LeadingAge Lays Out Care Workforce Agenda at National Rally of Certified Nursing Assistants
PRESS RELEASE | April 07, 2021 | by Lisa Sanders
“As the nation embarks on a conversation about strengthening our care economy, LeadingAge will work to ensure your value is recognized and integrated into the f
Contact: Lisa Sanders, email@example.com
April 7, 2021, Washington, DC—As the nation focuses on rebuilding America’s infrastructure, including the Care Economy, a top aging services leader joined an all-day “Virtual March on Washington” today to champion government funding, healthy workplace cultures, and career advancement opportunities for certified nursing assistants (CNAs).
”Direct care workers are the heart of aging services,” said Katie Smith Sloan, President and CEO of LeadingAge. “As the nation embarks on a conversation about how we strengthen our care economy, LeadingAge will work to ensure your value is recognized and integrated into the foundation of our aging services system.”
Sloan described an organization-wide effort to raise up the direct care workforce and CNAs:
- Last fall, LeadingAge released a study—Making Care Work Pay—that found that raising the pay of direct care workers to a living wage benefits everyone. It showed that paying a living wage reduces turnover and staffing shortages, boosts productivity, and enhances quality of care. It also showed how a living wage increases overall economic growth in communities where direct care workers live. (Last week, the Biden Administration cited LeadingAge’s research in calling for a $400 billion investment in direct care workers as part of its American Jobs Plan.)
- Last week, LeadingAge released its own Blueprint for a Better Aging Infrastructure to lay out what it will take to modernize our system of services, care and support for the 21st Century. The plan includes support for the direct care workforce, including ways to address acute shortages, and calls for training opportunities to help CNAs get ahead in their career. It ensures that enough high-quality care workers can be recruited to fill the millions of jobs serving the growing number of Americans who are growing older and need our support.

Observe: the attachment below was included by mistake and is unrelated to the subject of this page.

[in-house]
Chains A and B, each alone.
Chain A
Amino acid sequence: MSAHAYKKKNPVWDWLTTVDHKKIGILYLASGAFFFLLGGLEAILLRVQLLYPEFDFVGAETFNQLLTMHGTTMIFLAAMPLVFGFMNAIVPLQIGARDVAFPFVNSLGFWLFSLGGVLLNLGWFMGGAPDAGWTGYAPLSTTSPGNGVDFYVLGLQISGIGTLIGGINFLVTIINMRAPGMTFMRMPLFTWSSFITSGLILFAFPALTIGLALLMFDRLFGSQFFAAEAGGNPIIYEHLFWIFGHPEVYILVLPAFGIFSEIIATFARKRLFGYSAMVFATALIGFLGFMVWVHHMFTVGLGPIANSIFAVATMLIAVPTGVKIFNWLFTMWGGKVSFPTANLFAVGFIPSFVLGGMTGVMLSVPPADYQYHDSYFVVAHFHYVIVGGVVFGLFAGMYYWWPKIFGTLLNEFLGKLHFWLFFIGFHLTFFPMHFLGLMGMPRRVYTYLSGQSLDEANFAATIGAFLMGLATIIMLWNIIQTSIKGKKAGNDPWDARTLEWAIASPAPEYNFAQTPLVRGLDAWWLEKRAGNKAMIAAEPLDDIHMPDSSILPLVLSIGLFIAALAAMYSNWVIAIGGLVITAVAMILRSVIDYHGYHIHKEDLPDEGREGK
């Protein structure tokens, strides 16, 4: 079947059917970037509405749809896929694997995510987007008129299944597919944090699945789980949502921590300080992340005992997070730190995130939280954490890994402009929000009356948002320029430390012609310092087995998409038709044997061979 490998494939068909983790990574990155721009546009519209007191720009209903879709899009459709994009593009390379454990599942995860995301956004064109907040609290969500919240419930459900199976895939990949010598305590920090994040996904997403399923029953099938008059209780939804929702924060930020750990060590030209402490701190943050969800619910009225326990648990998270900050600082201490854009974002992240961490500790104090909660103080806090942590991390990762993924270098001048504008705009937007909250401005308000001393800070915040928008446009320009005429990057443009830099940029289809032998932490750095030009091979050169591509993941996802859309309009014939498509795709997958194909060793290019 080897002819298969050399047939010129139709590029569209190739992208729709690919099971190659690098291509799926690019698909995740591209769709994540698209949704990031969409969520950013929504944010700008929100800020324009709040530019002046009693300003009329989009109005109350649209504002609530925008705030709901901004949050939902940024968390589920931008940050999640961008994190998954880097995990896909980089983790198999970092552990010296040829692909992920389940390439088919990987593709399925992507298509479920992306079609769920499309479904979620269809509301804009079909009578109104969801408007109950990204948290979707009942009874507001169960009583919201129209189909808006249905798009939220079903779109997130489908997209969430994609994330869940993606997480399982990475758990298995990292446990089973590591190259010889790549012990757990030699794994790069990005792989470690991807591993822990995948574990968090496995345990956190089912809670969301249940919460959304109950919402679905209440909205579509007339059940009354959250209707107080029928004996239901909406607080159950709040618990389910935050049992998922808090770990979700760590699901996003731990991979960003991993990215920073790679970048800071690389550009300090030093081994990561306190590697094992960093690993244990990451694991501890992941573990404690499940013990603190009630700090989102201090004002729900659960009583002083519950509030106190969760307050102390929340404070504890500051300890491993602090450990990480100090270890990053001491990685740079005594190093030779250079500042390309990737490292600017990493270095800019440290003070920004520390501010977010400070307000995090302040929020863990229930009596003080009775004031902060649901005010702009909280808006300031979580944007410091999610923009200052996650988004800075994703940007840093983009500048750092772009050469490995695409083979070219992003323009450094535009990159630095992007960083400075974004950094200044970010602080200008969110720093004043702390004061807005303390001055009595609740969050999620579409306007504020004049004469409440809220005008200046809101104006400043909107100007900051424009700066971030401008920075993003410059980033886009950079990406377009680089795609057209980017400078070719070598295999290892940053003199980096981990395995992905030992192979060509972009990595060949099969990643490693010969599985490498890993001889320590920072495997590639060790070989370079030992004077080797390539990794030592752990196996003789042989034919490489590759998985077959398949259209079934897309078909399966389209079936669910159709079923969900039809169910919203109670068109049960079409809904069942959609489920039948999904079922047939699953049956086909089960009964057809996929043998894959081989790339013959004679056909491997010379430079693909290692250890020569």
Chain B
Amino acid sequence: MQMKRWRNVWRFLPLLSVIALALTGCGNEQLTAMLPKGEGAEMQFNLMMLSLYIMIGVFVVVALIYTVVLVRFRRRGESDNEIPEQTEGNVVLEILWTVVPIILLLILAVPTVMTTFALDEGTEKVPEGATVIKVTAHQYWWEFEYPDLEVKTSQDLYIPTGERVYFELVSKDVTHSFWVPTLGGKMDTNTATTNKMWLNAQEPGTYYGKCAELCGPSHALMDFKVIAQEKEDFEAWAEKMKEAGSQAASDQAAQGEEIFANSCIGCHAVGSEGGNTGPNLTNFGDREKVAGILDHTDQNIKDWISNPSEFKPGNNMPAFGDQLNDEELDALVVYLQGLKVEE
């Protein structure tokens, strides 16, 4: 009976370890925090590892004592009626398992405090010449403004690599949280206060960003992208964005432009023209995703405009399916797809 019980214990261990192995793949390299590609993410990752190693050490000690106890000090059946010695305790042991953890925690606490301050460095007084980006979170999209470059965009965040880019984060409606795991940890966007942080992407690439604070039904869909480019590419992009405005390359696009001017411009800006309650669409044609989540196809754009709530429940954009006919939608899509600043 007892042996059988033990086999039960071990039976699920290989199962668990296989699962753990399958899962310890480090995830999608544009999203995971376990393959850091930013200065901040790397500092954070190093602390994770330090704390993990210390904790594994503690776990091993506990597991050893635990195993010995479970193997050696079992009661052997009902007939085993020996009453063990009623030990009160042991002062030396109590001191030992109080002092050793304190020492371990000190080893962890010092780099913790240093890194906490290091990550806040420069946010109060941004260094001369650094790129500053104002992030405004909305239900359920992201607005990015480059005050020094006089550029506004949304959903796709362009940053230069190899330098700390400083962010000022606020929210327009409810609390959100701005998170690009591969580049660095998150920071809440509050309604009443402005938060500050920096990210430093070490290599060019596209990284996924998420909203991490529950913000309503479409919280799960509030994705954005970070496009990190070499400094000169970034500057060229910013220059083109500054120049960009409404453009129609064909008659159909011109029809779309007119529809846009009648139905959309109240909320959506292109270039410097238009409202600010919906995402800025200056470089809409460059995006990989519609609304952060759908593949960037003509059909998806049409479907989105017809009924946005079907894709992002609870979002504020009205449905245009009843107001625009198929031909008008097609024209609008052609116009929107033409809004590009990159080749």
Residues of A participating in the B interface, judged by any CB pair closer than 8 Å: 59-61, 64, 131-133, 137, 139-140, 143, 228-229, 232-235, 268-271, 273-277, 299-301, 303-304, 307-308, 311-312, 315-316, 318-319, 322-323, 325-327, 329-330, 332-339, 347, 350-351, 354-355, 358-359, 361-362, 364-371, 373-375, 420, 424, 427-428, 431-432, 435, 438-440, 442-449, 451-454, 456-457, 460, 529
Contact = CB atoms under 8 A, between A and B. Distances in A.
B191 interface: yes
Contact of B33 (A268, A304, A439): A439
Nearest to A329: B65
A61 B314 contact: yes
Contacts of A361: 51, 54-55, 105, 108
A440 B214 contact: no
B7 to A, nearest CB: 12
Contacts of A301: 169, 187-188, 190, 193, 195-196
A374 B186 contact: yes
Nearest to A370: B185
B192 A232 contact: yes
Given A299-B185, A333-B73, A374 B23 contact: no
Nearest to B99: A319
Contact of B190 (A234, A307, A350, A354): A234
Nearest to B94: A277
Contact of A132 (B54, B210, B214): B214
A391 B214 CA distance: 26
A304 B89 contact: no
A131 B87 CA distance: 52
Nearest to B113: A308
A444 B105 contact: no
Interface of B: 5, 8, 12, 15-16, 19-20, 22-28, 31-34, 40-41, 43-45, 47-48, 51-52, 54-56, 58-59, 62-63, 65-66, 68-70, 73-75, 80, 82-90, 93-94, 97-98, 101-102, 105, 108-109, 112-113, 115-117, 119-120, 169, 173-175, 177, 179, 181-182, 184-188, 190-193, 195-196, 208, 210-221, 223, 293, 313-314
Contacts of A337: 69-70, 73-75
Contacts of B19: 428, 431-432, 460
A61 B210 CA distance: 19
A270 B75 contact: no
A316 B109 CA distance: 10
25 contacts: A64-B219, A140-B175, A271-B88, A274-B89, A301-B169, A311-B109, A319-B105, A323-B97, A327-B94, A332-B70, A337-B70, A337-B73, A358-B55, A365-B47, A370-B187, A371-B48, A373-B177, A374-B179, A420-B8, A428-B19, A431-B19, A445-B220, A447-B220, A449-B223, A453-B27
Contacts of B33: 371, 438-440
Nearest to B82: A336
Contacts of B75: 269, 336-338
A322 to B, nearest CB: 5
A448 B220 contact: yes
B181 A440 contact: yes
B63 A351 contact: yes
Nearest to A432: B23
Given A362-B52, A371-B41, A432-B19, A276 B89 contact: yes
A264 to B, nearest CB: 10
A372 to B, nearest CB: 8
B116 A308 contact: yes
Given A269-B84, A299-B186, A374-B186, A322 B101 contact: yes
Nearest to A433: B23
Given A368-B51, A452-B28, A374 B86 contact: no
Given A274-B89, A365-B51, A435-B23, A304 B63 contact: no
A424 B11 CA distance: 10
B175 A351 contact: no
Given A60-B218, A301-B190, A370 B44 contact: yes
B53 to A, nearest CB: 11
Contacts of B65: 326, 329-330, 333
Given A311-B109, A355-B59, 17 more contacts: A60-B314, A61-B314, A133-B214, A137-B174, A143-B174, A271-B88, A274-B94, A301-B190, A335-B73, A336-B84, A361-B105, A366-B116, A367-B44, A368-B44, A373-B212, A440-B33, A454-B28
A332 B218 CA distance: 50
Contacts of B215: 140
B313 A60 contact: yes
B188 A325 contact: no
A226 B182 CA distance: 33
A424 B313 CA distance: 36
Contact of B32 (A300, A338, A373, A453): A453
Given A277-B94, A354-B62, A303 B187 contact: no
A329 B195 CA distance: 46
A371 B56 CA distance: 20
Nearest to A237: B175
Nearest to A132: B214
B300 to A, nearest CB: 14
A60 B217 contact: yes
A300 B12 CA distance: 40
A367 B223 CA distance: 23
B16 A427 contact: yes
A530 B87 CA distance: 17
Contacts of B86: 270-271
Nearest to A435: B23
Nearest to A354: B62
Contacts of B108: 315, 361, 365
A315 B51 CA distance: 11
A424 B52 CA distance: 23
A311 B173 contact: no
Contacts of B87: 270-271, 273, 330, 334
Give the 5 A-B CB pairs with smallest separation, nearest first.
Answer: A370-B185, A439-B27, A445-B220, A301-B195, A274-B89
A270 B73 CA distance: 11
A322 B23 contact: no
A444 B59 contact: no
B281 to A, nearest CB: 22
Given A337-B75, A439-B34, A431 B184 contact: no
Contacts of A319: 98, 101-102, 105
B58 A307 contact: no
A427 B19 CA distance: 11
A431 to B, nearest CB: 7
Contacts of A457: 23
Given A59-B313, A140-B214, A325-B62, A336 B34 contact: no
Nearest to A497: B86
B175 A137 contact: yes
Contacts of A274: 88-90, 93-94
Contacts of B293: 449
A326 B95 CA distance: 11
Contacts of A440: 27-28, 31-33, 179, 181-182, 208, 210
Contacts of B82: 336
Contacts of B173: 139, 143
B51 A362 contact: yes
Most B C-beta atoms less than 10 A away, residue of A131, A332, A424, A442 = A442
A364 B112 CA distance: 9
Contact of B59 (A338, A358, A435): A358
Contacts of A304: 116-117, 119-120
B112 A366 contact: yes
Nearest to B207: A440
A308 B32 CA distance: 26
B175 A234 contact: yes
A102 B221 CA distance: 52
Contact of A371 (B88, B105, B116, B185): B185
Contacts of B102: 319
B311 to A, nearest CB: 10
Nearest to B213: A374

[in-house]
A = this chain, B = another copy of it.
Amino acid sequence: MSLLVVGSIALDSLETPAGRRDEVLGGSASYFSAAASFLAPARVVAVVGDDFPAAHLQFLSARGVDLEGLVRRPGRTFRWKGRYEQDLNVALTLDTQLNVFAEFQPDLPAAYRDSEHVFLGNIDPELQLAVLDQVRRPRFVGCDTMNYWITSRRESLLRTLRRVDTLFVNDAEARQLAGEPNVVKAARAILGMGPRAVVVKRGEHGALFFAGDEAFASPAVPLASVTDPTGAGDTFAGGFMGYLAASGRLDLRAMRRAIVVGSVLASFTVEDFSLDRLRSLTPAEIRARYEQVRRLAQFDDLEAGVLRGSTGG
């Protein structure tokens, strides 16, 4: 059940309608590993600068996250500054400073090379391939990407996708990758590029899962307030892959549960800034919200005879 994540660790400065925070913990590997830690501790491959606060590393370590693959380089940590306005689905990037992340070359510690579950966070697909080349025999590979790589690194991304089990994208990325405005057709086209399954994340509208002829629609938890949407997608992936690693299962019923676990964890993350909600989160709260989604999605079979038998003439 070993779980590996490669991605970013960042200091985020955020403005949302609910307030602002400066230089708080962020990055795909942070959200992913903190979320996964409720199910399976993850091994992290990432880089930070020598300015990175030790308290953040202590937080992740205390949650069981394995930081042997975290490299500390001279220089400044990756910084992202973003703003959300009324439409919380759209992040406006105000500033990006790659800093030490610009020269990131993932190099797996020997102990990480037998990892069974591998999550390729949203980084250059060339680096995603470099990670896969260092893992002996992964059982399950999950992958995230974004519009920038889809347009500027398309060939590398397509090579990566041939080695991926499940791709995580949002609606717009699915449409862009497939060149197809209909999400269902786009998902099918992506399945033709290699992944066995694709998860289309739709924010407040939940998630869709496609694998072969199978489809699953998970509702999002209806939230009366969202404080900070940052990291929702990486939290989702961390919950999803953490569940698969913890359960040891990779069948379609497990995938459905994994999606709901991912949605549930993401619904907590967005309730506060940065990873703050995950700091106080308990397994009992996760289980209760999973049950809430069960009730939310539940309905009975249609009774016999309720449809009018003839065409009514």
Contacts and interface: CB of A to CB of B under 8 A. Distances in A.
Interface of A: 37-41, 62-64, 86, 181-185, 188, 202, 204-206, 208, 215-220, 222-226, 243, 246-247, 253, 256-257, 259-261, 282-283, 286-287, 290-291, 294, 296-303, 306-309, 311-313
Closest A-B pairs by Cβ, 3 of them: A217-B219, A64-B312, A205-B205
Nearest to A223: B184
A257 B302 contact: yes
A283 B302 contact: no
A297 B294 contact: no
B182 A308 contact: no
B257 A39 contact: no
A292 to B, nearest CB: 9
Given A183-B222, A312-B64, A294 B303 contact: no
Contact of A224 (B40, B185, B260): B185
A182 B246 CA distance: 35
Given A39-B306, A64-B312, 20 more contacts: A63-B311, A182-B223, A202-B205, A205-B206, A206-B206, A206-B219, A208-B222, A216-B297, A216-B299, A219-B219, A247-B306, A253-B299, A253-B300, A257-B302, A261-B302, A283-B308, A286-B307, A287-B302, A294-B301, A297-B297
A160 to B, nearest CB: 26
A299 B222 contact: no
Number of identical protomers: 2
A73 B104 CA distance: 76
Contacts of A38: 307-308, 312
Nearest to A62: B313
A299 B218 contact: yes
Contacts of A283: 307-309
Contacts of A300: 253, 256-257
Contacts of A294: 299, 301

“So many of the CNAs who work with LeadingAge members tell me that they feel called to their work with older adults. I’m glad people outside our field are finally giving CNAs and home health aides the recognition you deserve,” Sloan added. “Now is the time for all of us to turn those sentiments into a new approach to investing in you, our essential workforce.”
Sloan was one of the first speakers to address the “Virtual March on Washington,” which featured more than twenty aging services leaders. In the coming weeks, LeadingAge will be releasing a broader vision for America’s aging services workforce, which they plan to implement with a coalition that includes aging services leaders and direct care workers.
We represent more than 5,000 nonprofit aging services providers and other mission-minded organizations that touch millions of lives every day. Alongside our members and 38 state partners, we use applied research, advocacy, education, and community-building to make America a better place to grow old. Our membership, which now includes the providers of the Visiting Nurse Associations of America, encompasses the continuum of services for people as they age, including those with disabilities. We bring together the most inventive minds in the field to lead and innovate solutions that support older adults wherever they call home. For more information visit leadingage.org.